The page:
It might be impossible to navigate any given city or town without encountering any graffiti. Dating back to ancient civilizations, writing or drawing on walls in any shape or form is a common sight. Even two lovers scratching their initials and a heart into a tree would technically qualify as graffiti. The modern kind of graffiti that most people mean when they use the word stems from the punk rock and, more recently, hip-hop scenes. Spray painting on a wall was not just a sign you had been there, it became a statement. An illegal statement: as a general rule of thumb, graffiti was seen as pollution of the cityscapes. As the paintings (also: pieces) became bigger and more elaborate, graffiti swept from the underground into the mainstream. As horrified city councillors watched, graffiti became more than something you had to get rid of, it sometimes even became acknowledged as art.
From there, graffiti only became more prevalent. Some people give permission to graffiti artists or even pay them to paint their houses. Examples of this can be found in every major city. For example, one of Prague’s most important theatres, Ponec, has allowed graffiti artists to cover their doors with colourful pieces. There are also walls in about every big Dutch city where graffiti artists can legally paint their artwork. However, this does not mean that the illegal underground is gone. There are still plenty of groups with graffiti artists (also: crews) who try to spread their art in the dead of night, in places where they are not supposed to. They do not necessarily keep a low profile either. For example, at least one of the Dutch Railways’ trains is almost entirely covered in graffiti.
Tilburg is not exempt from these developments involving graffiti. It has a solid legal graffiti scene. There are two legally usable graffiti walls: one near a playground in the Westerpark and one right in the city centre, near the 013 concert venue. In a way, this makes sense: graffiti never really disconnected from the punk and hip-hop scenes. This makes 013 a place where a lot of people from the graffiti culture could potentially find each other. The same is true for the Hall of Fame, a “culture factory” that houses a concert venue and a skate park near the railway tracks of Tilburg, with walls that sometimes serve as graffiti walls as well. The people who paint graffiti in a legal way are often in plain sight: there are even people who give graffiti workshops for bachelor’s parties or even children’s birthday parties, and a search query in Google results in various urban artists’ portfolio sites showing up right away. Furthermore, according to news articles locals have complained about there not being enough legal graffiti spots for the amount of people who want to paint there.
A big part of the graffiti scene, however, is not quite as accessible. The people who paint on public buildings without permission are, understandably, more secretive about their identities. However, at the same time internet has made it easier for them to group together and communicate with each other without revealing their real identities or drawing too much attention. Fortunately, there is a good way to track them down. Most graffiti artwork contains a tag: an artists’ or group’s nickname that appears in or near all of their work. A big part of what we will be doing for this project is following those tags around the city and on the Internet. This might prove more difficult than it sounds, as although the Internet can be used by those artists, they will probably be more likely to use personal means of communication rather than public social media or forums.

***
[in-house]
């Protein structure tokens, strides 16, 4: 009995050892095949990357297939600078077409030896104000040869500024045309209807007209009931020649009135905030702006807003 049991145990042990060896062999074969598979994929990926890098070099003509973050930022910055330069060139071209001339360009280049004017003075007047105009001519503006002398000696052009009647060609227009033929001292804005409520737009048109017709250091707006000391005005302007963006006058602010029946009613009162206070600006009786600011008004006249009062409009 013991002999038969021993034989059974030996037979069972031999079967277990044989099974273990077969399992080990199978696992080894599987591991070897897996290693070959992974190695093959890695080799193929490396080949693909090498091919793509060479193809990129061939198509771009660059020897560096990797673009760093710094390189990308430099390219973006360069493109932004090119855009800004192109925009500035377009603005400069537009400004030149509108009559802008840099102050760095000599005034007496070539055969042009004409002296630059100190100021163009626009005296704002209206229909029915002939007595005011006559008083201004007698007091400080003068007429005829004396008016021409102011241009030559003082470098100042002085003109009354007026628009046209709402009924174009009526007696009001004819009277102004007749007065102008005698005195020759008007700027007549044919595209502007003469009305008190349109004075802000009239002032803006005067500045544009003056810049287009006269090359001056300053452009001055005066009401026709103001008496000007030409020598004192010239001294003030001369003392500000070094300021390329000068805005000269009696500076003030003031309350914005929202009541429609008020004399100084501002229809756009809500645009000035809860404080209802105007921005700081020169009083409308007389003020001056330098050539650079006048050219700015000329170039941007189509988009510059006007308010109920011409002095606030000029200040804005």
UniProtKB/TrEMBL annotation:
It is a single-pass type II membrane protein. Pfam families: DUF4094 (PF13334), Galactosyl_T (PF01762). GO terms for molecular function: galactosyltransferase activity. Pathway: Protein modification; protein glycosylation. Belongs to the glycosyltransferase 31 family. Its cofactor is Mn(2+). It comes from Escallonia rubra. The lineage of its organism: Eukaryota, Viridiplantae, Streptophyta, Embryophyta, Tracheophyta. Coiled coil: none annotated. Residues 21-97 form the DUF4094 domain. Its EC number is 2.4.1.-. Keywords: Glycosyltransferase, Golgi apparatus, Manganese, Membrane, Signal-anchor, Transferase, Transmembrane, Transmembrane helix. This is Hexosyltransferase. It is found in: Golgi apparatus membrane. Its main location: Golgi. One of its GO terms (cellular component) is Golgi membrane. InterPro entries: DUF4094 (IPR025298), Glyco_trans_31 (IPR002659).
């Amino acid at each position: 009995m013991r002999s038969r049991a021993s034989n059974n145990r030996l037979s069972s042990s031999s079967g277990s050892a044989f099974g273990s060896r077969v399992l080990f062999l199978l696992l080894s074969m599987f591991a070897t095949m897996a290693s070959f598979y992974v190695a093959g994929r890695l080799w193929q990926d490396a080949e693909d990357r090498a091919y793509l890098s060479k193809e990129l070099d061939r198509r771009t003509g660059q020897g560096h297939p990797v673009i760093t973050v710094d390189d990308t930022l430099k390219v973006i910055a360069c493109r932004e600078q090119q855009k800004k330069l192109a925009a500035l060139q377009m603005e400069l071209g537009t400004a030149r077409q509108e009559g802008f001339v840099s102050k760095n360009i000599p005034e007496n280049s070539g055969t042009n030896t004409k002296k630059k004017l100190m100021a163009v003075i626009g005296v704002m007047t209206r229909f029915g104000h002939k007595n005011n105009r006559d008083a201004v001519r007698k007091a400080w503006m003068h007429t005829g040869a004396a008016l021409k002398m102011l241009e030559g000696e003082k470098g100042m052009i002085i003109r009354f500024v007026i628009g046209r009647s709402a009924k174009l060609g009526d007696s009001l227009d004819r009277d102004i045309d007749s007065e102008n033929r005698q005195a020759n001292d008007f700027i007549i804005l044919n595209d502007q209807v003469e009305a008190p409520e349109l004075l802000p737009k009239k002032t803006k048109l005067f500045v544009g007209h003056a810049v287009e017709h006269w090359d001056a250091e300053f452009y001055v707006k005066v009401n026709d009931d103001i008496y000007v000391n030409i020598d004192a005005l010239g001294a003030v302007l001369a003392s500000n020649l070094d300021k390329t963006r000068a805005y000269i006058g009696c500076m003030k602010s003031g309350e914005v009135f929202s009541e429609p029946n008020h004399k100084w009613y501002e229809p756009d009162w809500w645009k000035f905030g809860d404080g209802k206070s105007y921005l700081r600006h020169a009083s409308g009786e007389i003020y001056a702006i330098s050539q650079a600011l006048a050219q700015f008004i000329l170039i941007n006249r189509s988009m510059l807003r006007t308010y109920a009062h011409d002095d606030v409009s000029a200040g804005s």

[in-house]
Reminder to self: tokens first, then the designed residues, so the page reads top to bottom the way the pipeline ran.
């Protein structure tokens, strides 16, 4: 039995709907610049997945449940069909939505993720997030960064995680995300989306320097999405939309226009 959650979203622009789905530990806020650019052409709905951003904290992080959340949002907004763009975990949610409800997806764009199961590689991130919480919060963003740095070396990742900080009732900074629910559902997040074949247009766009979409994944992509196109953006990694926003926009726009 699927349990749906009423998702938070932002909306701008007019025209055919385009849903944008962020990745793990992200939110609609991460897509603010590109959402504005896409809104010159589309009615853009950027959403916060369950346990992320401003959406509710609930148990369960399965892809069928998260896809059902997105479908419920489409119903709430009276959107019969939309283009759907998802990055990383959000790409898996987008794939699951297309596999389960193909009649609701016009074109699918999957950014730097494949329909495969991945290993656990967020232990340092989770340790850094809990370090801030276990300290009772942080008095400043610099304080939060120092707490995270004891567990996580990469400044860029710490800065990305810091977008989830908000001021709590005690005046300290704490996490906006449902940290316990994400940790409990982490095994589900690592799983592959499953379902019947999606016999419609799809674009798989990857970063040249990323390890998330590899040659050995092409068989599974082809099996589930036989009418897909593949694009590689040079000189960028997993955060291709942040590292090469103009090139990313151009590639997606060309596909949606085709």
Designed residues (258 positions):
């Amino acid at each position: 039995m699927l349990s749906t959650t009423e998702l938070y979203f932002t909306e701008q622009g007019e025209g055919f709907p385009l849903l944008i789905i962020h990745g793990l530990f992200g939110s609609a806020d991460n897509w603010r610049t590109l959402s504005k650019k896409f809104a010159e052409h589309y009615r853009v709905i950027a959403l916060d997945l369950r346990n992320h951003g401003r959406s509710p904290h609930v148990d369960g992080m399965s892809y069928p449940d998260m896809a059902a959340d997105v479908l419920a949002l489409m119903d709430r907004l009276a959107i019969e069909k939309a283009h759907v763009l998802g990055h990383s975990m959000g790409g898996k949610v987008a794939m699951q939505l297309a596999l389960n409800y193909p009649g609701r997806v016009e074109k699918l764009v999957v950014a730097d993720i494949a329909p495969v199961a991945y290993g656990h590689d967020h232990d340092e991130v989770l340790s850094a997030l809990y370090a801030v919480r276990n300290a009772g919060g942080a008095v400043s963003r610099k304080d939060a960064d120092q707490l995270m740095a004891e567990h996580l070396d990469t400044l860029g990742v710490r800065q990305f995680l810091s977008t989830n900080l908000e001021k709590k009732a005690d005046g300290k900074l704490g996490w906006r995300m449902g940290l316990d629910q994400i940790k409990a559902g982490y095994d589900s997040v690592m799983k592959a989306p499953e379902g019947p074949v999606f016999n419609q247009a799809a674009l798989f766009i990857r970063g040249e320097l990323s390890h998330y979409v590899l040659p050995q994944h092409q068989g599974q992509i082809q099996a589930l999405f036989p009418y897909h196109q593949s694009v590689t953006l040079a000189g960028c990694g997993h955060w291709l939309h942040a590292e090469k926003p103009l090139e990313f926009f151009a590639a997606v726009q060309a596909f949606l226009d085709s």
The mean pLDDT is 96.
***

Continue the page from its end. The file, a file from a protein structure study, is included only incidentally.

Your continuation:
Another reason why mapping the graffiti scene in Tilburg might be complicated: most obvious hotspots for graffiti artists are located in the city centre, but the art can be found all around Tilburg. The question is whether the artists who do that are the same group of artists who paint in the city centre, or if it is perhaps another group with another set of online and offline gathering places. Another question that is interesting is whether the people who paint at the playground in the Westerpark are the same people who illegally paint in industrial areas or near the railroad.
Luckily, we have some strong leads to start with. One of the group members knows someone from the neighbouring graffiti scene of Breda, who might know some information about graffiti in Tilburg, or might even have some contacts there. We can all keep our eyes open for any and all graffiti, what artists are active around what parts of Tilburg and if we can trace them back to physical or online locations.
This is a joint blog by Mark Dierick, Jules van Iperen, Lindsay Lo-A-Njoe, Manouk Boelhouwers, David Madaj, Pauline Poetto and Aimee Overhof.